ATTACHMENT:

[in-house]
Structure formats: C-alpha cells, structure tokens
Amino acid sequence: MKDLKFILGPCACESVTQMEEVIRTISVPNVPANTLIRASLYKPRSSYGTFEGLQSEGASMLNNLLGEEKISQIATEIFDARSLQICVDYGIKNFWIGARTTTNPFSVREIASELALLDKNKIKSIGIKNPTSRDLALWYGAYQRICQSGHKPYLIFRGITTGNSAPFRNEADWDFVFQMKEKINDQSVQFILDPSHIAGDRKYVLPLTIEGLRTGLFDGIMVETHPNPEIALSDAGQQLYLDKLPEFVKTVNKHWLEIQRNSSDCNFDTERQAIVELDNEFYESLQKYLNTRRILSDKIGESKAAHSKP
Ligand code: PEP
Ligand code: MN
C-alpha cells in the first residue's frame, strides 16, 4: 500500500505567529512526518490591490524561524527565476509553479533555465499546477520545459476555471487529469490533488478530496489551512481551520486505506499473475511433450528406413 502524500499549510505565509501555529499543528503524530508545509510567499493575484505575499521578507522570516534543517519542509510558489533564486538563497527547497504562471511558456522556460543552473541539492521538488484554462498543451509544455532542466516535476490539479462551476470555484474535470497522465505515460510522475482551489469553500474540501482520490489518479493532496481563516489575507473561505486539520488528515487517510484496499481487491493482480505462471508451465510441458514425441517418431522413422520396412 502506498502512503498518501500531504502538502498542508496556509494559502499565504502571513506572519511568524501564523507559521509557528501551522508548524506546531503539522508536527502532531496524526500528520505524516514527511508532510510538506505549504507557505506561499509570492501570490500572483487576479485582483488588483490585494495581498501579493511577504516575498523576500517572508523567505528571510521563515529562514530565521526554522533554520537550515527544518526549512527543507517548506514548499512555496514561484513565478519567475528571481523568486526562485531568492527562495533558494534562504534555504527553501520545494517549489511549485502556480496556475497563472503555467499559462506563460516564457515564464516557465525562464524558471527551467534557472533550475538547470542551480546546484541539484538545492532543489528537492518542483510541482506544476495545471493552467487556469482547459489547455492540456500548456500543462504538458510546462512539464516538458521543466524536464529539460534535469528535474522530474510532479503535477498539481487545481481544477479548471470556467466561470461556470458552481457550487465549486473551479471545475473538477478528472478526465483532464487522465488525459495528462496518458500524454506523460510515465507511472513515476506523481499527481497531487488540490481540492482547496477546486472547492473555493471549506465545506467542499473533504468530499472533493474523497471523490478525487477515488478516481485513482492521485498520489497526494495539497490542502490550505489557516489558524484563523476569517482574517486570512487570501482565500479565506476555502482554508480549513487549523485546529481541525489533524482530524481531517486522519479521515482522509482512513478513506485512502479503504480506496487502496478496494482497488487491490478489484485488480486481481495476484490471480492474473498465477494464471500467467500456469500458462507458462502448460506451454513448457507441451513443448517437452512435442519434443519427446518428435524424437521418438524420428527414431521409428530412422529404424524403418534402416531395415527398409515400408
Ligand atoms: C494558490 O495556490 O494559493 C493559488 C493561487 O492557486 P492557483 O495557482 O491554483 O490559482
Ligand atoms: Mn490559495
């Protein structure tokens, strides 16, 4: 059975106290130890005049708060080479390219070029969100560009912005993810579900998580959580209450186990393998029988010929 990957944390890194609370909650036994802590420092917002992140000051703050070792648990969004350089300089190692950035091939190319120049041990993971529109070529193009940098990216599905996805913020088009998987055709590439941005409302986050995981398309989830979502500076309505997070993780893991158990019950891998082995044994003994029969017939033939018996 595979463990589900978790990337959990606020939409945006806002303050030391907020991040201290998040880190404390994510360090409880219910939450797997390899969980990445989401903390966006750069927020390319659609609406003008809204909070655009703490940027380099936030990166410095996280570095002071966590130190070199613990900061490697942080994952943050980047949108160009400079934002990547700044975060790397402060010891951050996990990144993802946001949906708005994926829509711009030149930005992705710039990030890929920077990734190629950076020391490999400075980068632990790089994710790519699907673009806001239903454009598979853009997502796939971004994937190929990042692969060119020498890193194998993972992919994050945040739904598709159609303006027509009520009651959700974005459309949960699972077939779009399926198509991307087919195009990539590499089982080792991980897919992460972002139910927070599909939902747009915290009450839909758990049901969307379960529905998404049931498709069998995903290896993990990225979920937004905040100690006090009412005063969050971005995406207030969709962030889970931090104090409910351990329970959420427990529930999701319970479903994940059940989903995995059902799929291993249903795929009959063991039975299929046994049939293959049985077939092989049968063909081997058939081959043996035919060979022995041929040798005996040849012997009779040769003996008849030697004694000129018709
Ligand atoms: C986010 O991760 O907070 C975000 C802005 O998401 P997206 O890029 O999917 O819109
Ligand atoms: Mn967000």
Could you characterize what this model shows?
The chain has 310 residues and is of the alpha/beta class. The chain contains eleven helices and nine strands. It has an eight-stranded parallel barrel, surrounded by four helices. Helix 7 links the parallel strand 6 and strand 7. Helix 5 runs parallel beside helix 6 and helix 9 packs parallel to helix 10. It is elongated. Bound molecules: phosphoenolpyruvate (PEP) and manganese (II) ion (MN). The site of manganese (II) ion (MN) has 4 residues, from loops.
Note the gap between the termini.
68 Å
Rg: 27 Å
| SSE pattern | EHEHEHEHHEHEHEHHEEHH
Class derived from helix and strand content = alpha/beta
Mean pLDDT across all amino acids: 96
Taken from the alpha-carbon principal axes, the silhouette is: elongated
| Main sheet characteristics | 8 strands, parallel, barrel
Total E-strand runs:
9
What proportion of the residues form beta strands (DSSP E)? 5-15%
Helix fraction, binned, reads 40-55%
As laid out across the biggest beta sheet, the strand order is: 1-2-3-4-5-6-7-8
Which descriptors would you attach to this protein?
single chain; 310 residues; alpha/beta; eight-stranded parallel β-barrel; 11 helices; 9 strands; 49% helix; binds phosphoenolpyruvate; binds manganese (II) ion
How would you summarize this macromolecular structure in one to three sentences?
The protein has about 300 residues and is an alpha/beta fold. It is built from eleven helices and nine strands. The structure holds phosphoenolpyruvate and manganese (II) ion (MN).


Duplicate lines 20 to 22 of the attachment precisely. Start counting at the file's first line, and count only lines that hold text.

Taken from the alpha-carbon principal axes, the silhouette is: elongated
| Main sheet characteristics | 8 strands, parallel, barrel
Total E-strand runs: